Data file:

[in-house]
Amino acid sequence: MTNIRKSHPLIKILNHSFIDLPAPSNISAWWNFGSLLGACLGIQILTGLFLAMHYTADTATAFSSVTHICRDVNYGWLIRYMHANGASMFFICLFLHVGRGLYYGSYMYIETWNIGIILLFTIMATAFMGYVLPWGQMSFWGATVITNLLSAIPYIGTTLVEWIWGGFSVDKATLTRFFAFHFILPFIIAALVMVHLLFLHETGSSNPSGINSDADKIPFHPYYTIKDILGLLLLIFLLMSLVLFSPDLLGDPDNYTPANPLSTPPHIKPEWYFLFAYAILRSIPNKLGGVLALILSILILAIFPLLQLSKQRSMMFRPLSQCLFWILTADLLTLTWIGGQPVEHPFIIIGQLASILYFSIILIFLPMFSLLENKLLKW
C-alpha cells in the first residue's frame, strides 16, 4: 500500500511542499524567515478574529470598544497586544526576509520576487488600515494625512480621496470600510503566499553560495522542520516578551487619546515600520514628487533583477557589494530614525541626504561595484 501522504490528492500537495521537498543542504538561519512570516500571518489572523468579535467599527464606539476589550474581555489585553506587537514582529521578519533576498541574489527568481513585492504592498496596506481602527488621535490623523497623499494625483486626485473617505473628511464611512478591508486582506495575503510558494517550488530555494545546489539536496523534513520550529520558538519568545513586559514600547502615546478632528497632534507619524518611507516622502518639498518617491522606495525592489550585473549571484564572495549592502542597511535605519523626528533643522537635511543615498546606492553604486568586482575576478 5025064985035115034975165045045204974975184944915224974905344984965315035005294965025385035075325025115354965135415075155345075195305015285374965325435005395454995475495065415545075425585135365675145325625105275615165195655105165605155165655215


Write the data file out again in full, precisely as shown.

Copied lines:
[in-house]
Amino acid sequence: MTNIRKSHPLIKILNHSFIDLPAPSNISAWWNFGSLLGACLGIQILTGLFLAMHYTADTATAFSSVTHICRDVNYGWLIRYMHANGASMFFICLFLHVGRGLYYGSYMYIETWNIGIILLFTIMATAFMGYVLPWGQMSFWGATVITNLLSAIPYIGTTLVEWIWGGFSVDKATLTRFFAFHFILPFIIAALVMVHLLFLHETGSSNPSGINSDADKIPFHPYYTIKDILGLLLLIFLLMSLVLFSPDLLGDPDNYTPANPLSTPPHIKPEWYFLFAYAILRSIPNKLGGVLALILSILILAIFPLLQLSKQRSMMFRPLSQCLFWILTADLLTLTWIGGQPVEHPFIIIGQLASILYFSIILIFLPMFSLLENKLLKW
C-alpha cells in the first residue's frame, strides 16, 4: 500500500511542499524567515478574529470598544497586544526576509520576487488600515494625512480621496470600510503566499553560495522542520516578551487619546515600520514628487533583477557589494530614525541626504561595484 501522504490528492500537495521537498543542504538561519512570516500571518489572523468579535467599527464606539476589550474581555489585553506587537514582529521578519533576498541574489527568481513585492504592498496596506481602527488621535490623523497623499494625483486626485473617505473628511464611512478591508486582506495575503510558494517550488530555494545546489539536496523534513520550529520558538519568545513586559514600547502615546478632528497632534507619524518611507516622502518639498518617491522606495525592489550585473549571484564572495549592502542597511535605519523626528533643522537635511543615498546606492553604486568586482575576478 5025064985035115034975165045045204974975184944915224974905344984965315035005294965025385035075325025115354965135415075155345075195305015285374965325435005395454995475495065415545075425585135365675145325625105275615165195655105165605155165655215